Slovakians electing 1st president since split with Czechs

2 leading candidates well-known politically

May 16, 1999|By NEW YORK TIMES NEWS SERVICE

PRAGUE, Czech Republic -- For the first time since Slovakia was created in 1993 from the peaceful split of Czechoslovakia, its voters yesterday chose their president by direct election.

While the vote was new, the two leading candidates were not. The front-runner, Rudolf Schuster, 65, is the official candidate of the four-party coalition government, a political veteran who was the Communist leader of parliament, served after the anti-Communist revolution of 1989 as Czechoslovakia's ambassador to Canada and is the widely respected mayor of the eastern Slovak town of Kosice.

His prime challenger is Vladimir Meciar, 57, who was prime minister for all but nine months from 1992 until he was defeated in parliamentary elections last year and is widely blamed for stalling Slovakia's efforts to join NATO and the European Union.

Polls indicated that Schuster had what should be a comfortable lead of eight percentage points over Meciar, whose victory could cast a pall over the coalition government's successful efforts to bring Slovakia back into the club of Central Europe's post-Communist success stories -- the Czech Republic, Poland and Hungary.

7 other candidates

Seven others are also candidates, the most prominent of whom is Magda Vasaryova, a popular former actress and successful Czechoslovak ambassador to neighboring Austria.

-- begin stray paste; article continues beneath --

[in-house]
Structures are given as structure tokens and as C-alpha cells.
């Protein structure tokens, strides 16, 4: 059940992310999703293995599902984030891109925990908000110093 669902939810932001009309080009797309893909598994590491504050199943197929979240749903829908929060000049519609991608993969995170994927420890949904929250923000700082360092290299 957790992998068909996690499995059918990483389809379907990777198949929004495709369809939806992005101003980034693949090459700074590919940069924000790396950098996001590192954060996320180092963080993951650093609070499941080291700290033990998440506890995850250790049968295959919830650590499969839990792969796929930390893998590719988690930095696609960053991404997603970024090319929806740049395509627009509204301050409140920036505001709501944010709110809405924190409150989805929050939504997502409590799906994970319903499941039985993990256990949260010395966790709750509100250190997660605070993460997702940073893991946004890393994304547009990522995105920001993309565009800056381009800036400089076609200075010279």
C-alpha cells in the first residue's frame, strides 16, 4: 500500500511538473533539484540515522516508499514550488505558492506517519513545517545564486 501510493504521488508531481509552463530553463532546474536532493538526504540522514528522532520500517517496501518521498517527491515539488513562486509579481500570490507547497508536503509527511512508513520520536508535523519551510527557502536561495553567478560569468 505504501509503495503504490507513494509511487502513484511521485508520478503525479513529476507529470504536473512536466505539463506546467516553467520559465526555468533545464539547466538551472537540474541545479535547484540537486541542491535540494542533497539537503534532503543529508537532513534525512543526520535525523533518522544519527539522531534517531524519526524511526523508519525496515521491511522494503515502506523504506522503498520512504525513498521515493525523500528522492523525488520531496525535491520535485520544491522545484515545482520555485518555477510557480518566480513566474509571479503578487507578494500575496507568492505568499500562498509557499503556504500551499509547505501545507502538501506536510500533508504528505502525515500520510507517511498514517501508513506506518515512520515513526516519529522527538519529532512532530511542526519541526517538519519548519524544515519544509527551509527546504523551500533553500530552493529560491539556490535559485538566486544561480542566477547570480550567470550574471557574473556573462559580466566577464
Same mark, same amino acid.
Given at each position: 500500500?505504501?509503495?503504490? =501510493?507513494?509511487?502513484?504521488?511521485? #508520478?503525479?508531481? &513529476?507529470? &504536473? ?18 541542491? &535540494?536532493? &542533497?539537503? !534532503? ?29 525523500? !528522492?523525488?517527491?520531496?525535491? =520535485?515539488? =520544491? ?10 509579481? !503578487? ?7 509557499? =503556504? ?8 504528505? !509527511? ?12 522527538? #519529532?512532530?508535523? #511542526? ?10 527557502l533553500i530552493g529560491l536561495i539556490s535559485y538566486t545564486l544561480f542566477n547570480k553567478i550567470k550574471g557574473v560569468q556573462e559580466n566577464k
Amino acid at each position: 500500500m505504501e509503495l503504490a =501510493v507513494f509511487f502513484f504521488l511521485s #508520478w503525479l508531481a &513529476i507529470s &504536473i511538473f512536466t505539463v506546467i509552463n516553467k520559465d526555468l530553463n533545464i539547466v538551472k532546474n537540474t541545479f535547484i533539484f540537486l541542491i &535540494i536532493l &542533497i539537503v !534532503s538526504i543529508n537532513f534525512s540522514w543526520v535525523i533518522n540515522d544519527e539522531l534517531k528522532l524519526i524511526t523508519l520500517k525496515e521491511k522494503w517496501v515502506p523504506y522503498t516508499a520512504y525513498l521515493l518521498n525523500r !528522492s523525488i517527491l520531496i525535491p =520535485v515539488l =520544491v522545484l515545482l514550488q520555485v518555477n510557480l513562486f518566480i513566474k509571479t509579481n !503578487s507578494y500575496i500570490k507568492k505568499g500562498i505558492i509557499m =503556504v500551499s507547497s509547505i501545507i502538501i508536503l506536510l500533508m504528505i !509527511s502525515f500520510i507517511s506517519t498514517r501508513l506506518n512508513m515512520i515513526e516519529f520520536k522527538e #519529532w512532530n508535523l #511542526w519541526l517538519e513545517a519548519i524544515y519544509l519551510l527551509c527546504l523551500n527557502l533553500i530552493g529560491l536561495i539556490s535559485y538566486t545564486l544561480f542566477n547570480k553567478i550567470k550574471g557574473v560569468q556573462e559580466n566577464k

The former Slovak president, Michal Kovac, whose term ended in March 1998, gave up his candidacy May 11 and asked his supporters to vote for Schuster.

Restoring reputation

Yesterday's election is considered a bellwether for Slovakia and the efforts of its new prime minister, Mikulas Dzurinda, to restore the reputation tarnished by Meciar.

Slovakia has been without a president since Kovac's first five-year term expired in March 1998, and grave disagreements prevented direct election for a successor or a choice made by parliament.

After Meciar lost power, the new government was able to amend the Constitution and hold yesterday's election.

If none of the candidates gains more than 50 percent of the vote, which local observers believe is unlikely, the top two finishers in yesterday's vote would go forward to a second round to be held May 29.

Pub Date: 5/16/99

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